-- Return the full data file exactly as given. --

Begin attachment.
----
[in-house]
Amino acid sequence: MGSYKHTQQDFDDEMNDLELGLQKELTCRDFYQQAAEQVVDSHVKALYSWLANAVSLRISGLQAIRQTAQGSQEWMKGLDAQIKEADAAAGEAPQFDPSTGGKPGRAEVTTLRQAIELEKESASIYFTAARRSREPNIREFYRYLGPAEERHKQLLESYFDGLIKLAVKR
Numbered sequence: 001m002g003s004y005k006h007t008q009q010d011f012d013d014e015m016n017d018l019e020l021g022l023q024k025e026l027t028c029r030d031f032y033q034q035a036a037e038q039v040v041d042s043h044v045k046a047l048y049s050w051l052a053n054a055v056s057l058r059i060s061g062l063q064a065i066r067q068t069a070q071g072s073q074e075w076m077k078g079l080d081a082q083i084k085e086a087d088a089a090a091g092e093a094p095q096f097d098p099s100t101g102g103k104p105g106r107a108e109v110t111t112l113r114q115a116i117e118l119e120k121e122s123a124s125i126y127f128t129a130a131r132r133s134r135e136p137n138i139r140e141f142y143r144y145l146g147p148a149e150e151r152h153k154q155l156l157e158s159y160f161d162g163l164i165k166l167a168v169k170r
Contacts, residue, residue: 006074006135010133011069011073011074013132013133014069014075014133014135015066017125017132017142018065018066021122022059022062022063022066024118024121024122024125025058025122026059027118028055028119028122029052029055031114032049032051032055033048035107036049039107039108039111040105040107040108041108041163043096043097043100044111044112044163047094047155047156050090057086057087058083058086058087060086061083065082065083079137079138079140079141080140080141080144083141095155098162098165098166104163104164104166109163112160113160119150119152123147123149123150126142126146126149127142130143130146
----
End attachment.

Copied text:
[in-house]
Amino acid sequence: MGSYKHTQQDFDDEMNDLELGLQKELTCRDFYQQAAEQVVDSHVKALYSWLANAVSLRISGLQAIRQTAQGSQEWMKGLDAQIKEADAAAGEAPQFDPSTGGKPGRAEVTTLRQAIELEKESASIYFTAARRSREPNIREFYRYLGPAEERHKQLLESYFDGLIKLAVKR
Numbered sequence: 001m002g003s004y005k006h007t008q009q010d011f012d013d014e015m016n017d018l019e020l021g022l023q024k025e026l027t028c029r030d031f032y033q034q035a036a037e038q039v040v041d042s043h044v045k046a047l048y049s050w051l052a053n054a055v056s057l058r059i060s061g062l063q064a065i066r067q068t069a070q071g072s073q074e075w076m077k078g079l080d081a082q083i084k085e086a087d088a089a090a091g092e093a094p095q096f097d098p099s100t101g102g103k104p105g106r107a108e109v110t111t112l113r114q115a116i117e118l119e120k121e122s123a124s125i126y127f128t129a130a131r132r133s134r135e136p137n138i139r140e141f142y143r144y145l146g147p148a149e150e151r152h153k154q155l156l157e158s159y160f161d162g163l164i165k166l167a168v169k170r
Contacts, residue, residue: 006074006135010133011069011073011074013132013133014069014075014133014135015066017125017132017142018065018066021122022059022062022063022066024118024121024122024125025058025122026059027118028055028119028122029052029055031114032049032051032055033048035107036049039107039108039111040105040107040108041108041163043096043097043100044111044112044163047094047155047156050090057086057087058083058086058087060086061083065082065083079137079138079140079141080140080141080144083141095155098162098165098166104163104164104166109163112160113160119150119152123147123149123150126142126146126149127142130143130146